As mentioned above, there are aspects of this creation that genuinely transcend film. In many ways (and to it’s eternal credit) it raises more questions than it answers. There is bravado and confidence in that aspiration, and when it works, it’s sublime. There is who you are before seeing the movie, and who you are after. Admittedly it’s not for everyone, but you won’t know till you’ve seen/experienced it. And that is key to it all, this is more an experience that a straight forward movie.
From the moment you enter the auditorium, there are elements of the soundtrack that are playing in the dimly lit room. The screen curtains are drawn, a very simple touch that immediately creates expectation, the forthcoming great reveal. The music itself is quiet unnerving, taken from a certain point in the movie that itself is unsettling, but it all builds to a sense of unease, yet palpable excitement.
The music dissipates, the curtains drift open and the movie begins.
I had never seen a film in 70mm, never mind one of my favourite films of all time, so it was quite wonderfully overwhelming to my very over excited mind. To say it is gorgeous is a huge understatement, but it also initially caused slight unease. The reason being that given we live in a world of such technical purity and predominately digital projections, there is a tactile aspect to the film that is absent in most modern screenings. There are dust marks, blips, scratches and elements of general noise that are embedded in the negative in the initial sequences of the movie. My mind was itself sparking non stop as these slight impurities peppered the screen, and I got worried that I wasn’t going to enjoy this at all. But you swiftly acclimatise, and indeed, it only exists in the early segments.
Projecting into the world of 70mm is a truly beautiful sensation. There is a deep richness, an organic comforting, soothing texture, a embracing warmth and innate heritage that I’ve never experienced with any movie previously. I’ve seen this movie a great many times, and once in a restored digital screening that was magnificent, but this is a whole new galaxy of an experience and feels like I’d never seen it before. The detail is sublime, to the extent that you can quickly drift off into just admiring the minute moments, lighting, set design, models etc, which is somewhat encouraged by the lack of dialogue for great periods, and the mesmerising use of classical music throughout. If anything the movie deliberately encourages something akin to lucid dreaming.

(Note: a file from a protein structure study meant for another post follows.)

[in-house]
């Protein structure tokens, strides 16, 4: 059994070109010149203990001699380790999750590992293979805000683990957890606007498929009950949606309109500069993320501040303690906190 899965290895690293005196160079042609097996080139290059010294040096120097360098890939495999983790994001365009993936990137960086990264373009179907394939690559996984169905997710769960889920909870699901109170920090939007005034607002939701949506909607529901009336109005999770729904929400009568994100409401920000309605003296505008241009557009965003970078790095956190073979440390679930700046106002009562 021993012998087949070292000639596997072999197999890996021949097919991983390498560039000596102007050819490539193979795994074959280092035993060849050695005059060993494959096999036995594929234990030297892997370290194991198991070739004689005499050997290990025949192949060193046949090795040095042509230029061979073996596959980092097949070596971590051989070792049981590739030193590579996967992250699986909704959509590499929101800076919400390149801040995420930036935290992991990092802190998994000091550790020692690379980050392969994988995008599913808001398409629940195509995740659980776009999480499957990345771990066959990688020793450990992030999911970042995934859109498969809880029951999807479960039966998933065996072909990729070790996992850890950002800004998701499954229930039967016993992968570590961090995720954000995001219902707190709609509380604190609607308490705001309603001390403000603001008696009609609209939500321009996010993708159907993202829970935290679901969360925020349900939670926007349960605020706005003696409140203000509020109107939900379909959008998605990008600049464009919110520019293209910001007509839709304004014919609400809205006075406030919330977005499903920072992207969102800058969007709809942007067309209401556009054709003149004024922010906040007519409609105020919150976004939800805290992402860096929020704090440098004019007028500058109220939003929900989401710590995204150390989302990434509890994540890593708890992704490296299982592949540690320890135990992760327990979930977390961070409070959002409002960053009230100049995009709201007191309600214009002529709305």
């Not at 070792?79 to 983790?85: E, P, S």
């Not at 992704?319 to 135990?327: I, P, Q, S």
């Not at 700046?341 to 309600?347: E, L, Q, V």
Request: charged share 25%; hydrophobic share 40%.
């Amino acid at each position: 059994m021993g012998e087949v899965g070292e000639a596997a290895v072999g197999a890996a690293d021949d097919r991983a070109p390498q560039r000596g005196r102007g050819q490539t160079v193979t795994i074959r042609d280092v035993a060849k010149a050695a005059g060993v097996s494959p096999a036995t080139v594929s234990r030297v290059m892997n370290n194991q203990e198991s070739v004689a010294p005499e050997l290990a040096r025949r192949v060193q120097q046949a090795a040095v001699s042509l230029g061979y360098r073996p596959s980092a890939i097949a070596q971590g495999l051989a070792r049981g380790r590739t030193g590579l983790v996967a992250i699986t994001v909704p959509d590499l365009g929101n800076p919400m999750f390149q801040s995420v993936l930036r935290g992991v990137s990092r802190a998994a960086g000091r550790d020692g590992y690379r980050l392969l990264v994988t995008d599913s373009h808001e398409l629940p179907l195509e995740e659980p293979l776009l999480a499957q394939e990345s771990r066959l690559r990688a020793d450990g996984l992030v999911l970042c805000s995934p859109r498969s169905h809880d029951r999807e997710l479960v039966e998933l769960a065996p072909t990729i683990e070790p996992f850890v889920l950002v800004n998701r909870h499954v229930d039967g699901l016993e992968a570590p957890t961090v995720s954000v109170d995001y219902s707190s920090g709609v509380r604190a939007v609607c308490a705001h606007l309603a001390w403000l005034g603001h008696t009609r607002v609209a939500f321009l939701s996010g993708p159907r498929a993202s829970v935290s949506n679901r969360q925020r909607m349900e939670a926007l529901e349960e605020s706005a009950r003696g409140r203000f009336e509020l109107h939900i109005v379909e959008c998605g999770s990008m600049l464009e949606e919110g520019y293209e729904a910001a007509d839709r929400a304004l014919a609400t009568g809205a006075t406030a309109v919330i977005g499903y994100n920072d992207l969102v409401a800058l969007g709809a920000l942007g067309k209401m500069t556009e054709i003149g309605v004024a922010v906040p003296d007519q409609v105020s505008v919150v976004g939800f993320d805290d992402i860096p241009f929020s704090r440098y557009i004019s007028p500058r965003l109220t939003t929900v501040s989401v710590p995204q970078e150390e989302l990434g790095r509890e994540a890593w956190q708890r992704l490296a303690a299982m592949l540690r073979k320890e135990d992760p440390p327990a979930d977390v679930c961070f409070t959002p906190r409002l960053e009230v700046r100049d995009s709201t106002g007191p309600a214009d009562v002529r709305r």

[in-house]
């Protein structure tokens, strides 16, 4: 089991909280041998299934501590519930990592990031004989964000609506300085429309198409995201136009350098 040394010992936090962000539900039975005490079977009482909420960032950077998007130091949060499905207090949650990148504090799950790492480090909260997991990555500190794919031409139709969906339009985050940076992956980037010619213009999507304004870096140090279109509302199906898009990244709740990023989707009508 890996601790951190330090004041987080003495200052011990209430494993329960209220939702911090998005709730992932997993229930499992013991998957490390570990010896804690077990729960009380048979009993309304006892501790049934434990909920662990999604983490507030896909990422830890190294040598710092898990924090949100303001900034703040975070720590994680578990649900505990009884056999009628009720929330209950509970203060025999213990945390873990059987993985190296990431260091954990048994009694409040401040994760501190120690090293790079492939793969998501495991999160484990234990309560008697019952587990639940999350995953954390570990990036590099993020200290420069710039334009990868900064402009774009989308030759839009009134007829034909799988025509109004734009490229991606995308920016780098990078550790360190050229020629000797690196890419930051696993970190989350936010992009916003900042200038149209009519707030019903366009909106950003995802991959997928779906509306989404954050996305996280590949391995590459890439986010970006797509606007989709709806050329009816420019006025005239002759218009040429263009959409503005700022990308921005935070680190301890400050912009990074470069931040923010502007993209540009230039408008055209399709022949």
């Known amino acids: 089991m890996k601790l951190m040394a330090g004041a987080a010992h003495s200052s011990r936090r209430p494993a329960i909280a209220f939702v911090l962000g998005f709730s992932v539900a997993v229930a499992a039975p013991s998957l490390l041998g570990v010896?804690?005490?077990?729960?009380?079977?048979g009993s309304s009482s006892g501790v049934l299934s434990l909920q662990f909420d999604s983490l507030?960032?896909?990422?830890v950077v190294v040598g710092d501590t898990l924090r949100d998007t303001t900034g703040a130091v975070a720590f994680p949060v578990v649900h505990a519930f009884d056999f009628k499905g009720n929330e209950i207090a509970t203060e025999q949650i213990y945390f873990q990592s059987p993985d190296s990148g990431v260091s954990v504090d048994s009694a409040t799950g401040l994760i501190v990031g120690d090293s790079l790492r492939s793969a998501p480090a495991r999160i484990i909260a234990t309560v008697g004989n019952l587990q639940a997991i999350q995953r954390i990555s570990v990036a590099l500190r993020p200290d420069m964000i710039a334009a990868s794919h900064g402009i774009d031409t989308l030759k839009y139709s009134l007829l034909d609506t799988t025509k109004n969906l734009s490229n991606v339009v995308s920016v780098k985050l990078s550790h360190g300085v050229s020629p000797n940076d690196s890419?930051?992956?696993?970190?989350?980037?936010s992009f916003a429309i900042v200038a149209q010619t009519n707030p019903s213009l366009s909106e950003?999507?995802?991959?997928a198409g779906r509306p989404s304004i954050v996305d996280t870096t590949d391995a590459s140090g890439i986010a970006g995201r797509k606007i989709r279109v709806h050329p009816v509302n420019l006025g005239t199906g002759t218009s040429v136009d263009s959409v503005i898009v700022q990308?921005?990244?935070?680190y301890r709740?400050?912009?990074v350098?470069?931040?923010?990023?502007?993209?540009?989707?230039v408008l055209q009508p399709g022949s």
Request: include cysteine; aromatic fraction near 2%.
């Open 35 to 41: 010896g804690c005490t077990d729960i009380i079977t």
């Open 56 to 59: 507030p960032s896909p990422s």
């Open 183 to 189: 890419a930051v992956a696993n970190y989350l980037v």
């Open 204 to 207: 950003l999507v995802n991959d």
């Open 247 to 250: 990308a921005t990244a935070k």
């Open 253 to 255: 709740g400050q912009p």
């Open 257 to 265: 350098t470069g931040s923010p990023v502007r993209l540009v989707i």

It’s immediately apparent that this is indeed the ONLY way to see this movie, and that Kubrick and all the talent that helped create it knew this was the only way it should be seen, as they pro actively aimed for it. To an extent the movie was designed to be beyond our capacity, just like the arrival of the monolith itself. There is an awe, wonder, excitement and mild fear of the unknown, an unease that exists in any moment before a leap of faith. To truly ‘understand’ this movie it requires that leap, that trust. It was designed to take you on a journey, your own journey. It won’t tell you were it’s taking you, as it can’t. Everyone who sees it will have a different experience, and different explanation, if indeed there is one. It’s as though Kubrick and Clarke were aiming to replicate the shamanic rituals that are part of tribal cultures, where the ceremonies enable and encourage the transition of the youth into adulthood, awareness or enlightenment.
Despite all the overt levels of details, skill and intellect involved, this is by no means a ponderous movie at all. It is utterly gorgeous, mesmerising and awe inspiring in effectively every scene, but it’s also got some very lovely comedy moments in it too. They aren’t sign posted, but are there for the attentive. It also brings in a beautiful balance of purity and flaw, in that a movie about potentially the greatest questions we can ever ask, or have yet to ask, can still have a truly human moment where someone has lost their blue cashmere sweater.
10/10 ‘2001: A Space Odyssey (50th Anniversary Screening)’ presented in 70mm is screening at the BFI IMAX London and on selected release across the UK now, check local venues for details, or 2001spaceodysseymovie.com